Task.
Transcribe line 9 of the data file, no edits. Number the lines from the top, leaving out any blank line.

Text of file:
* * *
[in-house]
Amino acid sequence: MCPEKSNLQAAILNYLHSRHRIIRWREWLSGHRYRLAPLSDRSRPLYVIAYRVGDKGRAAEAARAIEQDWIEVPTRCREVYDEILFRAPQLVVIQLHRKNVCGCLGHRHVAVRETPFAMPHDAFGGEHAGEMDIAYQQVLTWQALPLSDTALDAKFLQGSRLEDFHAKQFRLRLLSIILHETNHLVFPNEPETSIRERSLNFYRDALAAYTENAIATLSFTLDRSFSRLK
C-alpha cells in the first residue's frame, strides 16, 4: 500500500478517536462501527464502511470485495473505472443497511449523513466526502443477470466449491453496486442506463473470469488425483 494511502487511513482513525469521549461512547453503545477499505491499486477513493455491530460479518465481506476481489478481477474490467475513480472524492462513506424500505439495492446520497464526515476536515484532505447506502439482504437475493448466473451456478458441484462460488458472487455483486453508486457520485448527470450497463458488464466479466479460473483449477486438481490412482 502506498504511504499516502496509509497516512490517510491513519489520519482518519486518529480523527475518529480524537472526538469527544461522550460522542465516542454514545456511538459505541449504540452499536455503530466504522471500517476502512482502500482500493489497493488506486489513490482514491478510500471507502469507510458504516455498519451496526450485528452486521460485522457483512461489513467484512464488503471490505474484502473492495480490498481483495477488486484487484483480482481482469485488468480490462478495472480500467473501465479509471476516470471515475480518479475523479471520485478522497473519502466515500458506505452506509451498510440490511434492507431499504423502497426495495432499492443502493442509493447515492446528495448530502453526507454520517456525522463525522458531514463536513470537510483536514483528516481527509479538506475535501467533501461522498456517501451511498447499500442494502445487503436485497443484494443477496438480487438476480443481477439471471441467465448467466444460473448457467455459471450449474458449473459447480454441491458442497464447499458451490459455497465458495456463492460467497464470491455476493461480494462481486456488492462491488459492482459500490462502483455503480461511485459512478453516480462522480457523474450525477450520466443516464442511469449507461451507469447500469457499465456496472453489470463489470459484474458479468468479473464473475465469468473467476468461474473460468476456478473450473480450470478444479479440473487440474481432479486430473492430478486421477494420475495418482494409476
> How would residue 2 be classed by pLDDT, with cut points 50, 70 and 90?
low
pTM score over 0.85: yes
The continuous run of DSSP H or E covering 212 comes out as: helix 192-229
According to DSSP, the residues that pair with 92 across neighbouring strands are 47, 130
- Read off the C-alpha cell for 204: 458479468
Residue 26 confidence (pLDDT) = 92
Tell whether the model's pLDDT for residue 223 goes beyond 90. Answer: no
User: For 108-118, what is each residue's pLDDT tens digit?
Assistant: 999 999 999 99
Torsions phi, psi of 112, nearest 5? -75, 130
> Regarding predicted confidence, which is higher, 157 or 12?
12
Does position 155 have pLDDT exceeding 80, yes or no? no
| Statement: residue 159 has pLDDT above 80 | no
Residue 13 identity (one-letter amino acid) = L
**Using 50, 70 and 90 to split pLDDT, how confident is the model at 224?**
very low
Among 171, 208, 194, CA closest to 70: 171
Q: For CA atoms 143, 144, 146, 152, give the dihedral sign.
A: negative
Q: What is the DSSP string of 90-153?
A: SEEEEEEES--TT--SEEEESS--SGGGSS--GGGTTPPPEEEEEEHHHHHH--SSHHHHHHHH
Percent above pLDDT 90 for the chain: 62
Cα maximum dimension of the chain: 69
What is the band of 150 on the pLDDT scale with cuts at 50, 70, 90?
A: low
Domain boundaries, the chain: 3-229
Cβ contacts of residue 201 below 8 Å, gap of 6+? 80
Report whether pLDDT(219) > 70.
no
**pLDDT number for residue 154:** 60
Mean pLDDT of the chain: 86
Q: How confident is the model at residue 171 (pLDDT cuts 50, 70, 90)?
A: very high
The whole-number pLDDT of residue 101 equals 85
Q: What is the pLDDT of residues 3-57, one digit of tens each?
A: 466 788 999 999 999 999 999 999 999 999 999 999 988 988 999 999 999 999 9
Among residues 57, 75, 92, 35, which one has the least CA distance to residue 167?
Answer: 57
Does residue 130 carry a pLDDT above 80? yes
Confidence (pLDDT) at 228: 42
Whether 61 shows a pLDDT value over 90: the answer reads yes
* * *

- Read off the C-alpha cell for 204: 458479468